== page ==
Selling larger sizes is big business

PUBLISHED : Friday, 30 March, 2007, 12:00am
UPDATED : Friday, 30 March, 2007, 12:00am


Related topics

A 77kg woman selling extra-large women's clothes online has done thriving business since she started just over a year ago.

'Every time I post new items on the web, dozens of customers will make orders,' said Ada Lai Siu-choi, 27, who has premises in a Tsuen Wan industrial building where customers can try on the clothes.

'Our sales amount to HK$40,000 to HK$50,000 a month.

'My customers buy at least one item when they visit, and sometimes a dozen or more. It is definitely a large market. Most large-sized clothes in boutiques are old-fashioned.'

Ms Lai said her customers were aged from their teens to their 50s and some orders came from the United States, Canada, Australia, Singapore and Malaysia. She has more than a thousand regular buyers.

'I've been fat since I was a little girl. But as long as my mother bought me lovely clothes, I thought it was OK,' she said.

But as she grew up she found it more and more difficult to choose clothes.

'There were not many choices,' she said. 'Most of them were too small for me. And I felt embarrassed when I asked for extra-large clothes in stores. This is one of the reasons I decided to start this business.'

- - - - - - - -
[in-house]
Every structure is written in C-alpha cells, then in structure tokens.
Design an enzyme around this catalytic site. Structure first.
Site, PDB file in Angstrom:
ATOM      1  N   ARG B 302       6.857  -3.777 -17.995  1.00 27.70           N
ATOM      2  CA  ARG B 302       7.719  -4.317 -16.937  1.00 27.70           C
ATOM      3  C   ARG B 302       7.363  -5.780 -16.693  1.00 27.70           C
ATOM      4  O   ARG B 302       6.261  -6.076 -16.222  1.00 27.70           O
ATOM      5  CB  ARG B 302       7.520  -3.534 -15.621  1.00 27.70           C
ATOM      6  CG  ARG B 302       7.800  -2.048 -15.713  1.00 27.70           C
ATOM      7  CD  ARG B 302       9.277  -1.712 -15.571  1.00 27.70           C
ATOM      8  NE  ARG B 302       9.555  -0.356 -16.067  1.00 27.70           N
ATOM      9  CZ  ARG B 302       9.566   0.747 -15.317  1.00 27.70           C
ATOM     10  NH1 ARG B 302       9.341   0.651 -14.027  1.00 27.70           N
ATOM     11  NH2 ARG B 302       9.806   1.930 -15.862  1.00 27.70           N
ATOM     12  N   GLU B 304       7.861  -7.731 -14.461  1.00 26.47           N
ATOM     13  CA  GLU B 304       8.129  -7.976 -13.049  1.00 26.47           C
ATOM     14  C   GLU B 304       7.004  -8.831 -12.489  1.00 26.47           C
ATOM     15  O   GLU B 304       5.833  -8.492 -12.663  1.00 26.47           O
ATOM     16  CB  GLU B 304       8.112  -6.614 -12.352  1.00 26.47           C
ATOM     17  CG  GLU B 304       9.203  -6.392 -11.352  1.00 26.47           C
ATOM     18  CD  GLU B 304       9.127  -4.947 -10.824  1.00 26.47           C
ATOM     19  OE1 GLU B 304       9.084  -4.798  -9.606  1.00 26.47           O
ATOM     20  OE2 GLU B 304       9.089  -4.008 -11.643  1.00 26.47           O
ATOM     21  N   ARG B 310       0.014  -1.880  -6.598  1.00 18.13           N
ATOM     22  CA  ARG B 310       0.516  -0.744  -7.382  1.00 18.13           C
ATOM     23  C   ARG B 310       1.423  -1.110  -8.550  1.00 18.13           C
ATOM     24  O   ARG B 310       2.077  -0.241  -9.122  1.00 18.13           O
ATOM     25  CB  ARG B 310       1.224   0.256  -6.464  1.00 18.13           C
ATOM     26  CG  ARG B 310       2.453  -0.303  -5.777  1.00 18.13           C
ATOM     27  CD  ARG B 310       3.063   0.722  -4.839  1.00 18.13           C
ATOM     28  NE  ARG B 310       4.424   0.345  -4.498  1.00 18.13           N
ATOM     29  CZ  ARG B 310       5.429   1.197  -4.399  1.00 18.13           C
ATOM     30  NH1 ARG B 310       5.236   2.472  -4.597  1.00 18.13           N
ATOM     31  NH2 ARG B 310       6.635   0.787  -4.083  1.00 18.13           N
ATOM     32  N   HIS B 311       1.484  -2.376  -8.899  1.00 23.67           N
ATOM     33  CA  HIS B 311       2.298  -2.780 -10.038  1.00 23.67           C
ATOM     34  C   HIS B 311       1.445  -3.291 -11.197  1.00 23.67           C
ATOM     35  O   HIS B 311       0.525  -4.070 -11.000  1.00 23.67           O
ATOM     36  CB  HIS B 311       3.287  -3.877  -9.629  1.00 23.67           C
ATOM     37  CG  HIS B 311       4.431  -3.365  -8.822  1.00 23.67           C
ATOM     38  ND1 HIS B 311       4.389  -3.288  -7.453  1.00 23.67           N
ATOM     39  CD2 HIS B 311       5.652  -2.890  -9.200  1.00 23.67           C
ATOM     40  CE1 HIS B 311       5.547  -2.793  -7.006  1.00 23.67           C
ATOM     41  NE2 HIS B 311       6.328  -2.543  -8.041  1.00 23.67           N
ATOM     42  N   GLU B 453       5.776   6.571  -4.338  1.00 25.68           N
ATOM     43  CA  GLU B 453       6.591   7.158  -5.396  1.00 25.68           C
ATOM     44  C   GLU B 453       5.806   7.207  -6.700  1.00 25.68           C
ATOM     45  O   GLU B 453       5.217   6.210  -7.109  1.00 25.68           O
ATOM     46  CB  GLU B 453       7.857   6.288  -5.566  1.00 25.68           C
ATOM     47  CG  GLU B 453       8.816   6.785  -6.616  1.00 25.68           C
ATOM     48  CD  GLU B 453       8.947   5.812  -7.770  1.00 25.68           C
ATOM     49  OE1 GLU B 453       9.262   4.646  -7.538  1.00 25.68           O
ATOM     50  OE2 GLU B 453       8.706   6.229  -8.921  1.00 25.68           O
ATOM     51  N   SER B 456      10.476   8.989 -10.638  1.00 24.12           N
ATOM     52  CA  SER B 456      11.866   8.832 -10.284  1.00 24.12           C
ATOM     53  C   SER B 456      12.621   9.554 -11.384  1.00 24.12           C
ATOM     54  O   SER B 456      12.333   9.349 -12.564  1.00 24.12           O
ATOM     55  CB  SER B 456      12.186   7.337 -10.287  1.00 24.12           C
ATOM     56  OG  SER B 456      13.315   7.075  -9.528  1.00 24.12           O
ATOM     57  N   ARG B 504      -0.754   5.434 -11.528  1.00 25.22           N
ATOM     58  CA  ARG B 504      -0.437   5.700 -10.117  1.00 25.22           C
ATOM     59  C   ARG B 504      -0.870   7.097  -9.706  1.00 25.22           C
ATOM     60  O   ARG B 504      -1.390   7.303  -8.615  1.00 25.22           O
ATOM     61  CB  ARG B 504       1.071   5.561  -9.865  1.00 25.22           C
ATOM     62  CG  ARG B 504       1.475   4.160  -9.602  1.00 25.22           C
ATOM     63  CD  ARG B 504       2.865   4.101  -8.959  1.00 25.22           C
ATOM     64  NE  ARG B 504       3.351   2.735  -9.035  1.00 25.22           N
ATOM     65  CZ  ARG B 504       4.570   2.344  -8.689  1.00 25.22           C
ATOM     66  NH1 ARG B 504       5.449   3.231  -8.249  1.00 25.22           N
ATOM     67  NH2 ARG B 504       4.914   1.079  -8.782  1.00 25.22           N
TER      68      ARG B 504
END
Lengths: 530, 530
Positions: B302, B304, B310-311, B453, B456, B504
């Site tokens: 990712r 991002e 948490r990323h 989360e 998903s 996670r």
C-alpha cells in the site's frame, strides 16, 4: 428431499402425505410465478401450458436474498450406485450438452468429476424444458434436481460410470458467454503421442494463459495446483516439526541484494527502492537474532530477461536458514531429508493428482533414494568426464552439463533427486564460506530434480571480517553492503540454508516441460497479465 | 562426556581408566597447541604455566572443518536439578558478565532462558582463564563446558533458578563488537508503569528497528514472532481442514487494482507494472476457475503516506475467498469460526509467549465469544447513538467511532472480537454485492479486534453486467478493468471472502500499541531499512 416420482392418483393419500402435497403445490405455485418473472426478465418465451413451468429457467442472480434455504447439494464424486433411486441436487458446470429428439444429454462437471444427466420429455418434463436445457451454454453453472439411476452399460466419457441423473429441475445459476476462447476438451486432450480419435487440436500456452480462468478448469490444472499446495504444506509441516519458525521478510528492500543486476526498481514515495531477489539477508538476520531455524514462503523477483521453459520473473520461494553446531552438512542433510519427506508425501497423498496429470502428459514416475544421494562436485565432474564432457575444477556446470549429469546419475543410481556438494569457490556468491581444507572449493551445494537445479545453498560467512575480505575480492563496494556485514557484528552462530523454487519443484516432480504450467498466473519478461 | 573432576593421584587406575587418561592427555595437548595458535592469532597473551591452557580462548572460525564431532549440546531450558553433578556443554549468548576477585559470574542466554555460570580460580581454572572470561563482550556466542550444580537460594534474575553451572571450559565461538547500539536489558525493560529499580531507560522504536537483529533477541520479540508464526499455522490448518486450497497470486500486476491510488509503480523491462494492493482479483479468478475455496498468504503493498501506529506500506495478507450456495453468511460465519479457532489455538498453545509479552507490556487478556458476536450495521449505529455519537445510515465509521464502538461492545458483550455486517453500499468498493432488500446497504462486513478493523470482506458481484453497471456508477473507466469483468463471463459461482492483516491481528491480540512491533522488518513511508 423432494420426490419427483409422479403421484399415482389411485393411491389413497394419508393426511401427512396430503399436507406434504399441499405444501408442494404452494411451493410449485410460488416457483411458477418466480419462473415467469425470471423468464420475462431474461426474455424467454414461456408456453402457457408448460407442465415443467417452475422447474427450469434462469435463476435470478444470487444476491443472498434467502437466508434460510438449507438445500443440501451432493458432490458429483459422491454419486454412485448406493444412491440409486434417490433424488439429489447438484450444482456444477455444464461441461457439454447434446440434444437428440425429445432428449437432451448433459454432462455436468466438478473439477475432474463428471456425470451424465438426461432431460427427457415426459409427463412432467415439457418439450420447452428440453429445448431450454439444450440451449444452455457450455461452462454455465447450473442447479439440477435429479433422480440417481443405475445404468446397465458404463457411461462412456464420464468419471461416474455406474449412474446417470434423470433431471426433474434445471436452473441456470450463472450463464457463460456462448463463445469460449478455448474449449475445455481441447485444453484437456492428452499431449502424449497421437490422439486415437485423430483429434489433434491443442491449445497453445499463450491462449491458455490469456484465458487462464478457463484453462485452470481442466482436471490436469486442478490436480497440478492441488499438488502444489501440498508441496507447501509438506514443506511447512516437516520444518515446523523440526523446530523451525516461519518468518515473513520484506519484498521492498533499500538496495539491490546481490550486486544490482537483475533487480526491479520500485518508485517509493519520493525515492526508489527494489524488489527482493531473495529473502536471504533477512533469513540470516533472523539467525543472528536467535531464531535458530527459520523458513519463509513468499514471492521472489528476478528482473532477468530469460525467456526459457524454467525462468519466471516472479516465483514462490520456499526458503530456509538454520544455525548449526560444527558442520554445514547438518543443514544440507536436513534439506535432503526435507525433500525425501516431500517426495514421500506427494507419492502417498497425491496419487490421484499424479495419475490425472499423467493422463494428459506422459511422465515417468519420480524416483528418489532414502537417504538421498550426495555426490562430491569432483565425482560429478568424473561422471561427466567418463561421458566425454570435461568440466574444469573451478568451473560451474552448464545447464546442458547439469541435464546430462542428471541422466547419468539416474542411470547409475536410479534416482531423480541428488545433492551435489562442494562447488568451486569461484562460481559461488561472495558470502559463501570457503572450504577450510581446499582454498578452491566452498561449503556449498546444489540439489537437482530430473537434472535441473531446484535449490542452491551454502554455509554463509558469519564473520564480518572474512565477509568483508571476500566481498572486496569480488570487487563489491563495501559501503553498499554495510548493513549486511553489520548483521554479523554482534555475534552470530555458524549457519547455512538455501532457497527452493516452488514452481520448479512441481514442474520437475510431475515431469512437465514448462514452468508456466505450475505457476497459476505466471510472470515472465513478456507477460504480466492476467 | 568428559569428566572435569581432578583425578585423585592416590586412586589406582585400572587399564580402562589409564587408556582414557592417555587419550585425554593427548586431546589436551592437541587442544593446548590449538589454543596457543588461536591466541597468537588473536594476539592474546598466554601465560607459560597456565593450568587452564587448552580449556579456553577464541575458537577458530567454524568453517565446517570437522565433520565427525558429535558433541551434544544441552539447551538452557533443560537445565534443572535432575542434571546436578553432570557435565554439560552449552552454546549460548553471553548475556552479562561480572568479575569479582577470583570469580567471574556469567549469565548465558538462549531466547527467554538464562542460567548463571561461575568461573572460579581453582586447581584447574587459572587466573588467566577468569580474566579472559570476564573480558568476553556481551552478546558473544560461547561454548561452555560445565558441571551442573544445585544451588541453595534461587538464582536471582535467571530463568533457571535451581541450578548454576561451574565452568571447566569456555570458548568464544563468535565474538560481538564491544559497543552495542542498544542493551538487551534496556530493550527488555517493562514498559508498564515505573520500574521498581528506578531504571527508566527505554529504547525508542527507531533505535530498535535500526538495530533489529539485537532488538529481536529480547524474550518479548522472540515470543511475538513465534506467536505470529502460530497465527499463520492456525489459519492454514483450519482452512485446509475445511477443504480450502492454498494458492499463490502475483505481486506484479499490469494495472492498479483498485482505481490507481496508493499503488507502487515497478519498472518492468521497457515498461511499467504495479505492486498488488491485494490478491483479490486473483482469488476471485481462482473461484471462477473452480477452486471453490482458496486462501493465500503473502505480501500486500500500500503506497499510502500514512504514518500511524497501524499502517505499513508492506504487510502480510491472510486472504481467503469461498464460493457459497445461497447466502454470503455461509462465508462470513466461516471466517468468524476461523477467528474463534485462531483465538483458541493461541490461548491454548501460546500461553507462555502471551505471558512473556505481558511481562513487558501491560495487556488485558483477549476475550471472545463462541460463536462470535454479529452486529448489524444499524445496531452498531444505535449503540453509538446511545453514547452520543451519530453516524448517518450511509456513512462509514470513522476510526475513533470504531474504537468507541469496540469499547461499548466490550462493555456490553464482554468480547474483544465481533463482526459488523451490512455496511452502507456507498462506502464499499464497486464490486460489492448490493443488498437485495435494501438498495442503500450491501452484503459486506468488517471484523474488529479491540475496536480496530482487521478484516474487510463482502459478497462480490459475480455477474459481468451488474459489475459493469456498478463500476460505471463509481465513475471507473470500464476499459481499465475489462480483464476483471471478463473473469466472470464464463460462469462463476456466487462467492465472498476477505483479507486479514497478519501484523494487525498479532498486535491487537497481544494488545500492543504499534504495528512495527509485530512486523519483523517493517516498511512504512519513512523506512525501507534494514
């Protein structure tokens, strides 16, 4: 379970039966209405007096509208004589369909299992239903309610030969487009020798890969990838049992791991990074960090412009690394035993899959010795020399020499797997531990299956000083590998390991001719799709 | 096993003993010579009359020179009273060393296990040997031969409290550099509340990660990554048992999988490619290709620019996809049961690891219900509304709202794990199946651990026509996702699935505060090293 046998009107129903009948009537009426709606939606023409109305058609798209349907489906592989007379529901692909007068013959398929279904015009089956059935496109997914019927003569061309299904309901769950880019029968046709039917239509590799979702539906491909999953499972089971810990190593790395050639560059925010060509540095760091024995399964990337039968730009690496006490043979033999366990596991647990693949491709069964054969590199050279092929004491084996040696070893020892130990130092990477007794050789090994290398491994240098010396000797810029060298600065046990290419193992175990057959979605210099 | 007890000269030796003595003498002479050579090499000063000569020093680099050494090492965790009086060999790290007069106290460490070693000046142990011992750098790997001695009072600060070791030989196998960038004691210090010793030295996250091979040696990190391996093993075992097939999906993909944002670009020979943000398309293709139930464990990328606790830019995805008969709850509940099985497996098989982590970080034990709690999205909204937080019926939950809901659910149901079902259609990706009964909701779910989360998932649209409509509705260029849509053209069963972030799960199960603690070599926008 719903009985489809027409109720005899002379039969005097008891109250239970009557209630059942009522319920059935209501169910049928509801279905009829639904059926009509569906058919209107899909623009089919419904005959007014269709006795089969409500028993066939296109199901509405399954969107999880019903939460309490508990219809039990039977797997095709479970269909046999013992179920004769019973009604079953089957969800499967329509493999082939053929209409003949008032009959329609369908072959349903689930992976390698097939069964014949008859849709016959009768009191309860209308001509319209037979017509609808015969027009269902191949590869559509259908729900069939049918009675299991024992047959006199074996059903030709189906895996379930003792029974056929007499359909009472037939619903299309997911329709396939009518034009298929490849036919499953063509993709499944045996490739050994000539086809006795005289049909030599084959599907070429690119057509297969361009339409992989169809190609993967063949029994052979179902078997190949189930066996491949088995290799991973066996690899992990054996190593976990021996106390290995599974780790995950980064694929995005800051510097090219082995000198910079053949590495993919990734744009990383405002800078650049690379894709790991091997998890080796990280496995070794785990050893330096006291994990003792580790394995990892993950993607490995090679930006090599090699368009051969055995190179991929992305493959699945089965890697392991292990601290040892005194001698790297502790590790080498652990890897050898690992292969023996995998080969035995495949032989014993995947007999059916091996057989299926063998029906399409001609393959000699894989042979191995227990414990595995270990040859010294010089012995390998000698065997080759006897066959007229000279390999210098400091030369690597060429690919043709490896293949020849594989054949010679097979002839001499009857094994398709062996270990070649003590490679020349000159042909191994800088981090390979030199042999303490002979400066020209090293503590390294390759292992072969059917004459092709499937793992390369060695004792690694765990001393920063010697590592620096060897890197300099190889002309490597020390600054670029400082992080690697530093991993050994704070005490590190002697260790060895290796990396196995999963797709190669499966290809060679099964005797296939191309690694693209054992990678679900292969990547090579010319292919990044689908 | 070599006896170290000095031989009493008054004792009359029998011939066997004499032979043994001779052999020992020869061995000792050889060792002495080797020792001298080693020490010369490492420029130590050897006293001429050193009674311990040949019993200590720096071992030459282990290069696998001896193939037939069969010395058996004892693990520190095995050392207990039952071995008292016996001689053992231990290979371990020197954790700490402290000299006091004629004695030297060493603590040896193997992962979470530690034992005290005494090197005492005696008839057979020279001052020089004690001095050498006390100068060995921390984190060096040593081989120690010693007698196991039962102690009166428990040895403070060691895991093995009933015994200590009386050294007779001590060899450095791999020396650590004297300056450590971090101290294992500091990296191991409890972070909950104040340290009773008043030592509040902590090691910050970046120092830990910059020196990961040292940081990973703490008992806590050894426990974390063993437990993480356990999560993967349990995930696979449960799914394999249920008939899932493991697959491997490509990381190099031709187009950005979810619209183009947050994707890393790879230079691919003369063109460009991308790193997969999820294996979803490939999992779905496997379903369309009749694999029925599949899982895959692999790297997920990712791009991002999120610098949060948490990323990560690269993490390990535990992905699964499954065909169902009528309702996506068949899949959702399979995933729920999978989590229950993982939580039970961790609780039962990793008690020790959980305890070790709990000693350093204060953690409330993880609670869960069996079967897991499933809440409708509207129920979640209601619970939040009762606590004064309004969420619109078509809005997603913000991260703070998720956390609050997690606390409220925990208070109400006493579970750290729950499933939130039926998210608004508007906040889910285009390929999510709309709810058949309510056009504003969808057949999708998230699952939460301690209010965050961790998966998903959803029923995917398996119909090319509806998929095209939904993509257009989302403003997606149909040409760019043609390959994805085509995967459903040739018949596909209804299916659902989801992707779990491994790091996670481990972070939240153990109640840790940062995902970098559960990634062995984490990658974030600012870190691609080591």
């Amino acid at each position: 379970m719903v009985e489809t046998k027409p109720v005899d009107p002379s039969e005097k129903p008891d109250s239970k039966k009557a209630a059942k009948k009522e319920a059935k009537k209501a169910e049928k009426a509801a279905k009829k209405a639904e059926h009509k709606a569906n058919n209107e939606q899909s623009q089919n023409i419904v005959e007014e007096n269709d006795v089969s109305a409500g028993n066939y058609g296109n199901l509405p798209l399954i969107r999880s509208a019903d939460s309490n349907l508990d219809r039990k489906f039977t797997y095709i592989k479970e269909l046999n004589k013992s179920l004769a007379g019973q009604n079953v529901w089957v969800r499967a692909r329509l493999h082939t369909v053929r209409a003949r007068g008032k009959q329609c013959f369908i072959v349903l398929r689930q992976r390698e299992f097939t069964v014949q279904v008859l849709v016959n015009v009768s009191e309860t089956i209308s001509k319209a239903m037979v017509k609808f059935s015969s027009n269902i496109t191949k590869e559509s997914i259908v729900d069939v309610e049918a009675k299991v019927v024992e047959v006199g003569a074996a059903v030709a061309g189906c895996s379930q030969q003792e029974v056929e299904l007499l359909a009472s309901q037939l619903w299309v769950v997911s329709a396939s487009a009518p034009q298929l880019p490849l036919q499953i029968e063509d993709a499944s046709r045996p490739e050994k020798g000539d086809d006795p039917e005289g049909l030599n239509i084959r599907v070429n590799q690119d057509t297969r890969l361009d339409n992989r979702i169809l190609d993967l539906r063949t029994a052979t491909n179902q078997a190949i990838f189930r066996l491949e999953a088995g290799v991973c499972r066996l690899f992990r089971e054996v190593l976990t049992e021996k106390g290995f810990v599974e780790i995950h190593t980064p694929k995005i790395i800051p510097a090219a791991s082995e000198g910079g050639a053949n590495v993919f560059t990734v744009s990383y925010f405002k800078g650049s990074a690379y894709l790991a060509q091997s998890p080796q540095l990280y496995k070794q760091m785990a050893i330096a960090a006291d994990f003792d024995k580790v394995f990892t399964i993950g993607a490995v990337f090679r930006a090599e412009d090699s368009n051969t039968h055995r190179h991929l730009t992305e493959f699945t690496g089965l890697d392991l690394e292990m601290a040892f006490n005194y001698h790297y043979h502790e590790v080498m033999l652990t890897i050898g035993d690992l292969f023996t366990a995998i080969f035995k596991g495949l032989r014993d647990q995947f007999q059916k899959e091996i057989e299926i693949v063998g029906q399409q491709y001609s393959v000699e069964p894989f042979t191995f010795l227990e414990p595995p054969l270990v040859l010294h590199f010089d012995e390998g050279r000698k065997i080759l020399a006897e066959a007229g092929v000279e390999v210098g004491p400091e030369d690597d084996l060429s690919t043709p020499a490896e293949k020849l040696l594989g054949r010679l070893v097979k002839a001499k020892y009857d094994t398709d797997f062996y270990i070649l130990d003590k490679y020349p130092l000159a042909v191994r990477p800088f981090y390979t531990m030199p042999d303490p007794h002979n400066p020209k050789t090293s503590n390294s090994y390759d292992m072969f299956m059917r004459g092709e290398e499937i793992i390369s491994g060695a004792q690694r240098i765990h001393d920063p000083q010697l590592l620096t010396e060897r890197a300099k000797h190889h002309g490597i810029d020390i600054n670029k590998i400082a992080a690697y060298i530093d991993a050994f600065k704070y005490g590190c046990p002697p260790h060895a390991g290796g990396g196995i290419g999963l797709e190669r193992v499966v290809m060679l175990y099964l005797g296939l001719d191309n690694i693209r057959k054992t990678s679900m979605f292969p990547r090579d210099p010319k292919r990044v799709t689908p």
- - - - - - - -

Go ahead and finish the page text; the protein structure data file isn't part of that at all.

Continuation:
Winnie Ip Chi-ling, 24, who weighs about 90kg, echoed her view.

'Sometimes when I am choosing clothes, the shopkeeper will giggle behind my back,' she said. 'That's really rude.'

Ms Ip said there used to be many boutiques near the Argyle Centre in Mong Kok selling big sizes, but most had closed down.

'In Korea and Japan there are chain stores selling large-sized clothes, but there are none in Hong Kong,' she said.

'I have tried to keep fit for fitting into smaller and more stylish clothes but I finally failed at that. It is quite disappointing.'

A feminist researcher echoed her complaints.

'Shops now sell tight clothes as a trend. Even Giordano and Bossini chains' L-size clothes are small,' Lee Wai-yee said. 'Many women who are not so fat at all cannot find clothes.'

The tight clothing trend was a side effect of the slimming culture, which started about a decade ago, said Ms Lee, of the Society for the Study of Sexualities and Sex-pol, which studies gender issues.

'Girls lose weight merely to fit into small or XS clothes. They feel proud if they can wear these sizes,' she said. She blames fashion designers and clothes makers for the problem.

'Fashion designers and manufacturers shouldn't just think slim is beautiful, and fat is ugly. Fat clothes can be beautiful. They should go back to the original days when we had the normal sizes,' Ms Lee said.